For Microsoft, it took over 1,000 engineers to create the SolarWinds attack

The Solarwinds hacking campaign, which lasted for months and hit US government agencies and cybersecurity providers hard, was “the biggest, and most sophisticated, attack the world has ever seen,” said the president of Microsoft, Brad Smith. For the latter, there is no doubt, it involved a large number of developers.

The attack, revealed by security firm FireEye and Microsoft in December, could have affected as many as 18,000 organizations due to Sunburst (or Solorigate) malware embedded in SolarWinds’ Orion network management software. “I think from a software engineering perspective, it’s probably fair to say that this is the biggest and most sophisticated attack the world has ever seen,” Microsoft CEO said during his appearance on the set of the famous American program 60 Minutes, broadcast on CBSNews.

Microsoft, which was also pierced by the poor update of Orion, has tasked 500 engineers to investigate the attack, said the leader. But the team (most likely backed by Russia) behind the attack had more than double the engineering resources. “When we looked at everything we saw at Microsoft, we wondered how many engineers were probably working on these attacks. And the answer we have come up with is, well, definitely over 1,000, ”says the Microsoft boss.

Many agencies affected

Among the U.S. agencies affected by the attacks are the U.S. Treasury Department, the Cyber ​​Security and Infrastructure Agency (CISA), the Department of Homeland Security (DHS), the U.S. Department of State, and the Department of American energy (DOE). Brad Smith did not hesitate to sound the alarm bells about this attack. For him, cyberattacks backed by governments to focus on the technology supply chain represent a risk to the economy at large.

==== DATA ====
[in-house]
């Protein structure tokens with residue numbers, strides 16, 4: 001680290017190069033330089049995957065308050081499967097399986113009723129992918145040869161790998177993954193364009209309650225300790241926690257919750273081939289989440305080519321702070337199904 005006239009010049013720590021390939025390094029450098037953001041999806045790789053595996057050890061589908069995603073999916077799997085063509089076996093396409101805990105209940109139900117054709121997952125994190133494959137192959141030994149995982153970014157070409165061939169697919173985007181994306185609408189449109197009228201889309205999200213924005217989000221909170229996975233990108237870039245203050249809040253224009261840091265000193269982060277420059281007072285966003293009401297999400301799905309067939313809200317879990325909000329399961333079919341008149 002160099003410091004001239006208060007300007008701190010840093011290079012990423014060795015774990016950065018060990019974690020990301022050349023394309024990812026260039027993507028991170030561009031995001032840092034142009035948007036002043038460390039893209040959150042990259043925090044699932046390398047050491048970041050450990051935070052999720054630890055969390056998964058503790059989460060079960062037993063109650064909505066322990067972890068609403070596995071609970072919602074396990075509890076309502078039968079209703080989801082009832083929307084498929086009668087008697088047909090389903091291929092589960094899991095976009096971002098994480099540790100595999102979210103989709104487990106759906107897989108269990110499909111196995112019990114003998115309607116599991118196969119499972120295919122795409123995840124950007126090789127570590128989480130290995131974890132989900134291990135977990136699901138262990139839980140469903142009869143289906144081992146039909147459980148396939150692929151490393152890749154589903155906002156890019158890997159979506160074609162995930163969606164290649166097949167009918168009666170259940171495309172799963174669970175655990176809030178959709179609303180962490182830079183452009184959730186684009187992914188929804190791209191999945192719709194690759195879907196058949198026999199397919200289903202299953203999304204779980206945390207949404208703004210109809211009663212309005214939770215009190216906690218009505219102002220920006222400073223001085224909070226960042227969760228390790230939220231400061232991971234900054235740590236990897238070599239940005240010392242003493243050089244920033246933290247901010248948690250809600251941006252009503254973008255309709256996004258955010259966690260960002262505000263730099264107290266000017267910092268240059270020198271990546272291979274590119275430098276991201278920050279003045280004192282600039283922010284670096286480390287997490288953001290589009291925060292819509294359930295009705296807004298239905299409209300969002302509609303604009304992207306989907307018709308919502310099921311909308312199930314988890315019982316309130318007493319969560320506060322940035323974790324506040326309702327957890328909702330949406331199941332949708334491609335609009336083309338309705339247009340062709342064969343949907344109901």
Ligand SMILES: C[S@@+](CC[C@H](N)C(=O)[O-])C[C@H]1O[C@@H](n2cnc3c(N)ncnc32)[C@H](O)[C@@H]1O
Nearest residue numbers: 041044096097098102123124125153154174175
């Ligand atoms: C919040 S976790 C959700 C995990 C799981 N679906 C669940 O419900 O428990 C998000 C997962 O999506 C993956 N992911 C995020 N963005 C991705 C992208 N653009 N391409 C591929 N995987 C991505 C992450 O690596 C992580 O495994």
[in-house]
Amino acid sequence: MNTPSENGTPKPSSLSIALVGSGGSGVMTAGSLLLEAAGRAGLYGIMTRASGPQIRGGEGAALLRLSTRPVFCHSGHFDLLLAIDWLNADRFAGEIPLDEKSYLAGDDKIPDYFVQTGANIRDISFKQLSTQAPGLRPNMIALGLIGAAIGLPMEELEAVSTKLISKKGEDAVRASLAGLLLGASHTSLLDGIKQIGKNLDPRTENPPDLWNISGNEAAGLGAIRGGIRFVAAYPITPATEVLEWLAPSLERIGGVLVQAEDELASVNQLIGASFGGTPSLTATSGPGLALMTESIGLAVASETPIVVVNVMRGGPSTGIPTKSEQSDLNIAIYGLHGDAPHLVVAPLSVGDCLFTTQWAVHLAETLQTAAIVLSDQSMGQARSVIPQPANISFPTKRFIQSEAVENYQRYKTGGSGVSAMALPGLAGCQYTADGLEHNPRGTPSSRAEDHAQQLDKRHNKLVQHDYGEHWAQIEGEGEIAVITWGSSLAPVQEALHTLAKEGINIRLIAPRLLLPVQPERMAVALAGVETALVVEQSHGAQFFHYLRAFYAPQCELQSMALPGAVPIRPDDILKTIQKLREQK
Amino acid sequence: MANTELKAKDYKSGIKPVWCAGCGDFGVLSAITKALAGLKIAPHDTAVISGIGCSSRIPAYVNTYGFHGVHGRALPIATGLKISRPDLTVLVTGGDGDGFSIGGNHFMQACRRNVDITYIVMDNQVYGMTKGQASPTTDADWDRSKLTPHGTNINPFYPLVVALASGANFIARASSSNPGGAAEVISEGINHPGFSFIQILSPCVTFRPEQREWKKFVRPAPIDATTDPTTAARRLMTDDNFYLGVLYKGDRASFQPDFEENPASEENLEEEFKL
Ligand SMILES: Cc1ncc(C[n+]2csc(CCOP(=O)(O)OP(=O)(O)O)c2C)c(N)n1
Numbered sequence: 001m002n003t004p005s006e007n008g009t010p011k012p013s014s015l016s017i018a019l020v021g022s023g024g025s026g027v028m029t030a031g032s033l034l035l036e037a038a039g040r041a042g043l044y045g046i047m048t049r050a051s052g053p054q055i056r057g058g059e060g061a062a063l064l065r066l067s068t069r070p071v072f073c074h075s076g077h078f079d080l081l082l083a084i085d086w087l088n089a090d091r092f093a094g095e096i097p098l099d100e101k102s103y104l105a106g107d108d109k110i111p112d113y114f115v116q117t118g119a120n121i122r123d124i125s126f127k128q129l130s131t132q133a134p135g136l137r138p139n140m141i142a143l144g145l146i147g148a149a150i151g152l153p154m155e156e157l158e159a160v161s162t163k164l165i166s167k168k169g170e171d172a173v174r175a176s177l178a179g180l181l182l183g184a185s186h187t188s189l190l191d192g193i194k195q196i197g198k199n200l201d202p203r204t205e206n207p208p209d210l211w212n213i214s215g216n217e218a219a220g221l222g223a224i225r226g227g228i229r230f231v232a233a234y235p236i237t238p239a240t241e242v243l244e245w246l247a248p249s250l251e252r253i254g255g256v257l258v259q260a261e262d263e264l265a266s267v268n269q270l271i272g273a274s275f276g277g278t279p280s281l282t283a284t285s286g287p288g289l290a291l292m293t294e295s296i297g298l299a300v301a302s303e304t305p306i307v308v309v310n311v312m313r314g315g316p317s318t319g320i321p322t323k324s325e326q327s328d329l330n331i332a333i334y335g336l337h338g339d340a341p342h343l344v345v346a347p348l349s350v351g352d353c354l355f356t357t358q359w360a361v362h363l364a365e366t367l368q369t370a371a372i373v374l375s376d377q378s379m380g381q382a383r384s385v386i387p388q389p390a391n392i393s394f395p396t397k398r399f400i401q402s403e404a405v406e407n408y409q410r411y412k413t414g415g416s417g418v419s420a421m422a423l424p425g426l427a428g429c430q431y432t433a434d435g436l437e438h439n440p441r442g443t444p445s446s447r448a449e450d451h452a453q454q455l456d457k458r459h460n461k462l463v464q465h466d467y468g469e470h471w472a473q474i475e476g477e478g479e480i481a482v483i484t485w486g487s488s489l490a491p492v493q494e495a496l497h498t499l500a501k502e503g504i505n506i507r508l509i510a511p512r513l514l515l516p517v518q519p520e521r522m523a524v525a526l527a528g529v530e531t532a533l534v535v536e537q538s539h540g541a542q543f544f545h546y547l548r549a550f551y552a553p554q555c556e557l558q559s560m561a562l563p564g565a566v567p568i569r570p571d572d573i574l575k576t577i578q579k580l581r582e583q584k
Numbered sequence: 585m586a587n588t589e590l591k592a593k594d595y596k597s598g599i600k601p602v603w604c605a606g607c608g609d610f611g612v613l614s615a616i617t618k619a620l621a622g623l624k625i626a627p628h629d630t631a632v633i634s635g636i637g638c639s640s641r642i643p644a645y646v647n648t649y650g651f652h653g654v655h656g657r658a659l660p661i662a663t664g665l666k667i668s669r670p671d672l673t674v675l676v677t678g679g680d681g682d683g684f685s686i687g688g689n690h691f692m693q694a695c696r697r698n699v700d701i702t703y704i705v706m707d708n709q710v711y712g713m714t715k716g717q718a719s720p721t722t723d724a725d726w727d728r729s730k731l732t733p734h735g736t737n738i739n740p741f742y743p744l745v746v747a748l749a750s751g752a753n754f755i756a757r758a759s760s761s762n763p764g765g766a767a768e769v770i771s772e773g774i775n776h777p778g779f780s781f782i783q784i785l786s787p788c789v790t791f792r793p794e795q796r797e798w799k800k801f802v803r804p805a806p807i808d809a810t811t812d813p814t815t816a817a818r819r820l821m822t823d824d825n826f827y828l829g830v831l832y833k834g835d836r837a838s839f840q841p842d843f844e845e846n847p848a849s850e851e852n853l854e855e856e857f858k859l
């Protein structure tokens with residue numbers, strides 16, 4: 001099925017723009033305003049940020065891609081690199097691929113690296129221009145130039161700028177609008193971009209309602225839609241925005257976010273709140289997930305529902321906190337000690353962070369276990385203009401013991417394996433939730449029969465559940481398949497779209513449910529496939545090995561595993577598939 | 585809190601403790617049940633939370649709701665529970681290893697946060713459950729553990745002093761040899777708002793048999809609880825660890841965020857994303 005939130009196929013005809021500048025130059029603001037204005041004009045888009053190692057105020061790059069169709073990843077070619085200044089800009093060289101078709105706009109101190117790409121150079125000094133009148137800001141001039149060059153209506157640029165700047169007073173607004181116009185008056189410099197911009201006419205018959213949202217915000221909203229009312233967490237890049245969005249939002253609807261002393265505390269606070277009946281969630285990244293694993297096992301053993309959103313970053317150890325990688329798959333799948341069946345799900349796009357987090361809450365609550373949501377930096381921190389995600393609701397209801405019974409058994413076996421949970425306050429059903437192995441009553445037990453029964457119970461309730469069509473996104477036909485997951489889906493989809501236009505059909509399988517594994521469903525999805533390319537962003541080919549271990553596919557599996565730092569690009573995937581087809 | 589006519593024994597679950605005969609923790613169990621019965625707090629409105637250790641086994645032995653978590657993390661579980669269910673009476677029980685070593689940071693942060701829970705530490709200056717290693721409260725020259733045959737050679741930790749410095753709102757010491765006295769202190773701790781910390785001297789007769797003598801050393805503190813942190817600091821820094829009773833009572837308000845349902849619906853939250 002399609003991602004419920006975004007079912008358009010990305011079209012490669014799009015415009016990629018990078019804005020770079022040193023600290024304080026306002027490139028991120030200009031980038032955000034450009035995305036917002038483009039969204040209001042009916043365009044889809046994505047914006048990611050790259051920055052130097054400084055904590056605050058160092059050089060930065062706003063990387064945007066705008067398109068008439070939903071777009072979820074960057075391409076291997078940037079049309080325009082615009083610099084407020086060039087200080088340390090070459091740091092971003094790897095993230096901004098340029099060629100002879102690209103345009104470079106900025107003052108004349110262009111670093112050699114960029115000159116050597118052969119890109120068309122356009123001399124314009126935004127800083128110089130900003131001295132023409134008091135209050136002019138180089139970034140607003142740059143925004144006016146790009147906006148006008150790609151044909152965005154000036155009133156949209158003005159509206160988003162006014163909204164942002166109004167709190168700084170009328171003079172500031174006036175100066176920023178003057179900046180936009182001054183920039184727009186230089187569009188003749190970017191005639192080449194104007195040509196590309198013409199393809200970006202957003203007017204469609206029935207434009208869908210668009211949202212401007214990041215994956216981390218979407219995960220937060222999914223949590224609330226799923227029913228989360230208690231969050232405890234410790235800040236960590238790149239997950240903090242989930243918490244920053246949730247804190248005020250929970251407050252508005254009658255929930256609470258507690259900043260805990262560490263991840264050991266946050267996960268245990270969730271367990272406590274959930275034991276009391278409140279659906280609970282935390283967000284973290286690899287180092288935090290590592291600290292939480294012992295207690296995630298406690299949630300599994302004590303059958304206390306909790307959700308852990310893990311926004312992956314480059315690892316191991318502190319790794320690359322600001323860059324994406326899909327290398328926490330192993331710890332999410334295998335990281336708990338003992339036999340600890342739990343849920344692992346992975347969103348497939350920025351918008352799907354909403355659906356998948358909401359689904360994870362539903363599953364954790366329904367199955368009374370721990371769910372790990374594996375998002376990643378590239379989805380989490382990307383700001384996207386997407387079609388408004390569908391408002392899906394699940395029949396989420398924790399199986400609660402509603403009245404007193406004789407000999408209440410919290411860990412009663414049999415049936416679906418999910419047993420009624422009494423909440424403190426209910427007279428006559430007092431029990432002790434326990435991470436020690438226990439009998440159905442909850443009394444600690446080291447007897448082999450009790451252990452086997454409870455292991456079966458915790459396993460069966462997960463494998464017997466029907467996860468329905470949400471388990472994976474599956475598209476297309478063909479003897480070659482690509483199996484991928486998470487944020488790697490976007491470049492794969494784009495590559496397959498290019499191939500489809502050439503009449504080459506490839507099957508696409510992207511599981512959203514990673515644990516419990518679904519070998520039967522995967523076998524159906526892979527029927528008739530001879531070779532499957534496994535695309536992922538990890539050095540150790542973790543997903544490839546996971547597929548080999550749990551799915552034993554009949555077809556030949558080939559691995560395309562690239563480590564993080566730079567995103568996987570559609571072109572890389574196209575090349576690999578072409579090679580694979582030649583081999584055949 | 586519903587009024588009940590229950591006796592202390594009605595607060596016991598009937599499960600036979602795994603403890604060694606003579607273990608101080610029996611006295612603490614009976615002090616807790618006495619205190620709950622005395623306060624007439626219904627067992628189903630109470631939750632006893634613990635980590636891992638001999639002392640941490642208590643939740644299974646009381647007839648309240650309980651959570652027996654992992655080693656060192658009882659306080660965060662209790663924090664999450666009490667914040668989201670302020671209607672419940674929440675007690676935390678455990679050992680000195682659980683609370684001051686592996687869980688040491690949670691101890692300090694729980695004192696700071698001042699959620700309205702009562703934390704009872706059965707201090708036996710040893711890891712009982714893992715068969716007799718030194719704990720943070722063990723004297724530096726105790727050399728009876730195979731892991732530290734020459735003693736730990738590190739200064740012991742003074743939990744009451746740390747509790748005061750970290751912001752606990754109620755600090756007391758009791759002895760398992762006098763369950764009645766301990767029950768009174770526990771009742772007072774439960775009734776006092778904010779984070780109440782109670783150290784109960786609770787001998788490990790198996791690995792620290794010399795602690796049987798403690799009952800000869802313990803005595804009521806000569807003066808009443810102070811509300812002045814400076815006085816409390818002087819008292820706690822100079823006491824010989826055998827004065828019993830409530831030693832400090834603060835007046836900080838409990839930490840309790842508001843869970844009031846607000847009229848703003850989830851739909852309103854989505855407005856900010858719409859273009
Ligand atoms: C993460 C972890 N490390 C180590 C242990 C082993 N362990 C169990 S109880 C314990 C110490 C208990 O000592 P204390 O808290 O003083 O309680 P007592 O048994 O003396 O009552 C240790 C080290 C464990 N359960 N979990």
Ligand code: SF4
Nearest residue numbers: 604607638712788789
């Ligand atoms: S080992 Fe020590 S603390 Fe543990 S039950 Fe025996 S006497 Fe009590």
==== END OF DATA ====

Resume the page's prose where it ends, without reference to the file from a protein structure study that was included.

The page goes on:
“While governments have been spying on each other for centuries, recent attackers have used a technique that has endangered the technology supply chain for the economy at large,” the Microsoft boss warned after the attacks were announced. . For the latter, it was an attack “on the confidence and reliability of the world’s critical infrastructure in order to advance a nation’s intelligence agency.”

Kevin Mandia, CEO of FireEye, also spoke about how the attackers set off an alarm, but only after they managed to register a second smartphone logged into a FireEye employee’s account for their two-factor authentication system.

2FA diversion

Employees need this two-factor code to remotely connect to the company’s VPN. For his part, the boss of Microsoft adds that the attackers have rewritten only 4,032 lines of code in Orion, which consists of millions of lines of code.

Charles Carmakal, senior vice president and chief technology officer of FireEye Mandiant’s incident response team, previously told Yahoo News that FireEye’s security system alerted the employee and the company’s security team on the unknown device that would have belonged to the employee. The attackers gained access to the employee’s username and password through the SolarWinds update. These credentials allowed the attacker to register the device in their two-factor authentication system.

Updates to Orion weren’t the only way to infiltrate businesses during the campaign, which also gave hackers access to cloud apps. According to a report published in the Wall Street Journal, 30% of infiltrated organizations had no direct connection to Solarwinds.

Source: .com

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